The Three Excellences

GRD12-31-14
Dear Friends Near and Far,

This month’s Guru Rinpoche Day falls on the Western calendar’s New Year’s Eve, so happy New Year to you all. I pray that all of your wishes and endeavours in this coming year are fulfilled!

As we all know, dharma practice is very important, and in particular to practice the dharma on a daily basis. Concerning practice, there is a teaching known as ‘the three excellences’. This is a most precious teaching and something we need to apply not only to all of our dharma practice but to everything that we do.

These three excellences are 1) the motivation of bodhicitta, 2) the main part free of reference, and 3) dedicating virtue to enlightenment.

The motivation of bodhicitta is to wish that all sentient beings be freed from all suffering and the cause of suffering and attain the state of complete, perfect enlightenment.

Our motivation should encompass all sentient beings. We should develop the wish to be of benefit to everyone, not just to ourselves or to a few. This broad, open-hearted motivation is something we need to train ourselves in and cultivate. Without this motivation, our practice will not be genuine dharma practice and any virtue we accumulate will not become a cause for liberation, liberation here meaning freedom from selfish interests, freedom from samsara. The cause or seed for this genuine liberation is bodhicitta, the mind of enlightenment.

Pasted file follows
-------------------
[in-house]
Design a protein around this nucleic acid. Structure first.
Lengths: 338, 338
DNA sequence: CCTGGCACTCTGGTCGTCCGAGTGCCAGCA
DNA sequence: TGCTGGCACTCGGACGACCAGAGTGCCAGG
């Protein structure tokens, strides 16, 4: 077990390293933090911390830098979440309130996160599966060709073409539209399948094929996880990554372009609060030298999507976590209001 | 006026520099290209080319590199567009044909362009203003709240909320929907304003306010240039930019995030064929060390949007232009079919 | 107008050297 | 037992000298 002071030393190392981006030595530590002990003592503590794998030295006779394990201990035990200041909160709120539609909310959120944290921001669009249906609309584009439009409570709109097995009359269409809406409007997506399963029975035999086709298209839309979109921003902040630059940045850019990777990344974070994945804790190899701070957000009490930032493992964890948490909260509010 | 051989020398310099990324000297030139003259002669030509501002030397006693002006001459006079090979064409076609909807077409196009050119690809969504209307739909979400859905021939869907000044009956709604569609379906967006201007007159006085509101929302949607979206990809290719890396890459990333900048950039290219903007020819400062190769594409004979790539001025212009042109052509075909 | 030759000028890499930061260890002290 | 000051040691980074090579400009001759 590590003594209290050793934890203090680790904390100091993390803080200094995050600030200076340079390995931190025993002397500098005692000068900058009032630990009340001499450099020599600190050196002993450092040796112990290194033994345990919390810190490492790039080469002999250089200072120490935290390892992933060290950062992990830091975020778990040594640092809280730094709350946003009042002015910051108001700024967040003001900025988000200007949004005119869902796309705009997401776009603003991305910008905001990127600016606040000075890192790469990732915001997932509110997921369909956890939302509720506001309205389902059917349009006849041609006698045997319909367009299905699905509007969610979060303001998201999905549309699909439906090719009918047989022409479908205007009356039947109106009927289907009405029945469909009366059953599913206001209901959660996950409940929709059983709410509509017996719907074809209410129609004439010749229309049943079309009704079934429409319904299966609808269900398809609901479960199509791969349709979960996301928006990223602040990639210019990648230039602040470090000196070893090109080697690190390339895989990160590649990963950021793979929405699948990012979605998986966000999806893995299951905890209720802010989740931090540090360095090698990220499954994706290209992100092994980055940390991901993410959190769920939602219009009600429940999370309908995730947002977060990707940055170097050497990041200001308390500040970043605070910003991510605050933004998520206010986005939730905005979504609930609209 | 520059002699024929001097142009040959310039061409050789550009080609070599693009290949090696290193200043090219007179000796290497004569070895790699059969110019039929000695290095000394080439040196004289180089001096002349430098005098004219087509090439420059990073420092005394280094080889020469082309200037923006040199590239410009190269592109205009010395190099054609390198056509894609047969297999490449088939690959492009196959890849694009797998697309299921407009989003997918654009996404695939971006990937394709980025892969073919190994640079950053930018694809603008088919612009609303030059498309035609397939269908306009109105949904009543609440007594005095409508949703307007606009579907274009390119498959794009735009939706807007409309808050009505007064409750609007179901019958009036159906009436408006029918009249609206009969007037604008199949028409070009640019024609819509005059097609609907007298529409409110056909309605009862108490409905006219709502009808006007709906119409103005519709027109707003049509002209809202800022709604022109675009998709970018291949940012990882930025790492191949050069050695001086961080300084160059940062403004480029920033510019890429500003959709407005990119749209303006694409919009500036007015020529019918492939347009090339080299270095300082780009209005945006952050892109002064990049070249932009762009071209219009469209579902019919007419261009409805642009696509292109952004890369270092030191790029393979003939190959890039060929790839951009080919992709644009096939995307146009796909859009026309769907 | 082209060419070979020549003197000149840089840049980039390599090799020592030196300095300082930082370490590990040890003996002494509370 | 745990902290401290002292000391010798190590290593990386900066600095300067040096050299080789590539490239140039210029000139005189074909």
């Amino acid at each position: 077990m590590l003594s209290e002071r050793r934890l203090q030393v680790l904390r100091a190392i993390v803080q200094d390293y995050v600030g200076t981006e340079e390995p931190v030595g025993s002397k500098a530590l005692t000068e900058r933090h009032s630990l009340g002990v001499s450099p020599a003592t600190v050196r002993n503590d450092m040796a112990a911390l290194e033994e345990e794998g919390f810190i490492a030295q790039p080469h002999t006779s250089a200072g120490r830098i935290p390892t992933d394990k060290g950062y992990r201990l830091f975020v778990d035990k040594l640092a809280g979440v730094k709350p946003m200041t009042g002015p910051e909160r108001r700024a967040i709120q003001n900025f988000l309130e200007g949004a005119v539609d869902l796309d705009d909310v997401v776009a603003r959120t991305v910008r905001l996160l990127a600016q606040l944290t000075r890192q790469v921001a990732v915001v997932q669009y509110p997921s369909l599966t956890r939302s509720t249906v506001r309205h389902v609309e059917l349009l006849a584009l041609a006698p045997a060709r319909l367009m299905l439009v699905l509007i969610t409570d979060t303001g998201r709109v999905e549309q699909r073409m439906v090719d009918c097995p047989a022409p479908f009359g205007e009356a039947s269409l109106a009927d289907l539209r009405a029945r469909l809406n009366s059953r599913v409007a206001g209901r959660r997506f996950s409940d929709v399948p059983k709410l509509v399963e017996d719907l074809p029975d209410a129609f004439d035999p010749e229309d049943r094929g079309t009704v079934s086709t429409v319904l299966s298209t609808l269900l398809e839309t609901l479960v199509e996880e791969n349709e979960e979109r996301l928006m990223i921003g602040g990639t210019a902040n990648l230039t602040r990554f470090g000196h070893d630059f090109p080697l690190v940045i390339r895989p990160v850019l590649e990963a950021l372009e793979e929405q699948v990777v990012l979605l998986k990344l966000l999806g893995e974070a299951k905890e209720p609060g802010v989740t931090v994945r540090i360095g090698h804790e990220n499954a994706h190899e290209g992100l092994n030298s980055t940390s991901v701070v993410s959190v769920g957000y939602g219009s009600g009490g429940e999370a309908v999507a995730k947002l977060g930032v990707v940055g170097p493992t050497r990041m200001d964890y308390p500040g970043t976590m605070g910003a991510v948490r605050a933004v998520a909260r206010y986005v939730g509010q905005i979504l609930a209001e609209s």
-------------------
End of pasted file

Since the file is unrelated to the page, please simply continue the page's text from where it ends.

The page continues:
When we wish for enlightenment, we are referring to freedom from self-clinging and dualistic notions of self and other and freedom from the negative emotions that torment everyone in this world. This state is what we mean by enlightenment and it is a state that brings genuine benefit to oneself and all others. This was about the first excellence, the motivation of bodhicitta. As practitioners and people on the path of virtue, we should keep this constantly in mind.

The second excellence, the main part free of reference, or concepts, is to understand that everything is illusory, dream-like, and transient. We are all undergoing constant change. Whatever it may be – our physical body, the environment, emotions, sensations – everything is changing moment by moment and lacks any true, substantial nature.

This being so, whatever virtue (meaning positive, beneficial actions) we perform, keep in mind that they lack true existence, are transient, in a process of constant flux, and therefore are impermanent and empty. Viewing things this way is the main part free of reference. When you apply this second excellence to a virtuous action, that virtue becomes ultimate virtue since it accords with the ultimate state of things, the natural state of all things. For the primary root of suffering is our perception and fixation on things as being real. Being from this mistaken perception is the main part free of reference. This is an extremely precious instruction.